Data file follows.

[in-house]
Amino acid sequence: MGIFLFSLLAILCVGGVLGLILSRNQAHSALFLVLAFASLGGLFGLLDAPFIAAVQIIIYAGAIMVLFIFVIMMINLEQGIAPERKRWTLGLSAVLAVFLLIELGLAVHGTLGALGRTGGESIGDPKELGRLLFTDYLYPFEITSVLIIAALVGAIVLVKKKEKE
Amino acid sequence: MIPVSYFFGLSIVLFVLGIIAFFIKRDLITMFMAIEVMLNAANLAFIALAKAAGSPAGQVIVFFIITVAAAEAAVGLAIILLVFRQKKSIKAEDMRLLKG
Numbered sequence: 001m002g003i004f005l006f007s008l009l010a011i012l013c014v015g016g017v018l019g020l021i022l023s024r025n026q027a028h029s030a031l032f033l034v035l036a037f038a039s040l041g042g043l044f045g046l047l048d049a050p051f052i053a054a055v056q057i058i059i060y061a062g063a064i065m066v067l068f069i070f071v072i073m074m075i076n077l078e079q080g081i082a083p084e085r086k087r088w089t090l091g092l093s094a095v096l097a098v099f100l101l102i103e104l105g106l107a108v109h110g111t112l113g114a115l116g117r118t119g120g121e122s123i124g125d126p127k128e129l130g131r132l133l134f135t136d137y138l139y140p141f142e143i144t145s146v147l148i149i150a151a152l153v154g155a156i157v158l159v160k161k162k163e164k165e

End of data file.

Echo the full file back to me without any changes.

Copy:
[in-house]
Amino acid sequence: MGIFLFSLLAILCVGGVLGLILSRNQAHSALFLVLAFASLGGLFGLLDAPFIAAVQIIIYAGAIMVLFIFVIMMINLEQGIAPERKRWTLGLSAVLAVFLLIELGLAVHGTLGALGRTGGESIGDPKELGRLLFTDYLYPFEITSVLIIAALVGAIVLVKKKEKE
Amino acid sequence: MIPVSYFFGLSIVLFVLGIIAFFIKRDLITMFMAIEVMLNAANLAFIALAKAAGSPAGQVIVFFIITVAAAEAAVGLAIILLVFRQKKSIKAEDMRLLKG
Numbered sequence: 001m002g003i004f005l006f007s008l009l010a011i012l013c014v015g016g017v018l019g020l021i022l023s024r025n026q027a028h029s030a031l032f033l034v035l036a037f038a039s040l041g042g043l044f045g046l047l048d049a050p051f052i053a054a055v056q057i058i059i060y061a062g063a064i065m066v067l068f069i070f071v072i073m074m075i076n077l078e079q080g081i082a083p084e085r086k087r088w089t090l091g092l093s094a095v096l097a098v099f100l101l102i103e104l105g106l107a108v109h110g111t112l113g114a115l116g117r118t119g120g121e122s123i124g125d126p127k128e129l130g131r132l133l134f135t136d137y138l139y140p141f142e143i144t145s146v147l148i149i150a151a152l153v154g155a156i157v158l159v160k161k162k163e164k165e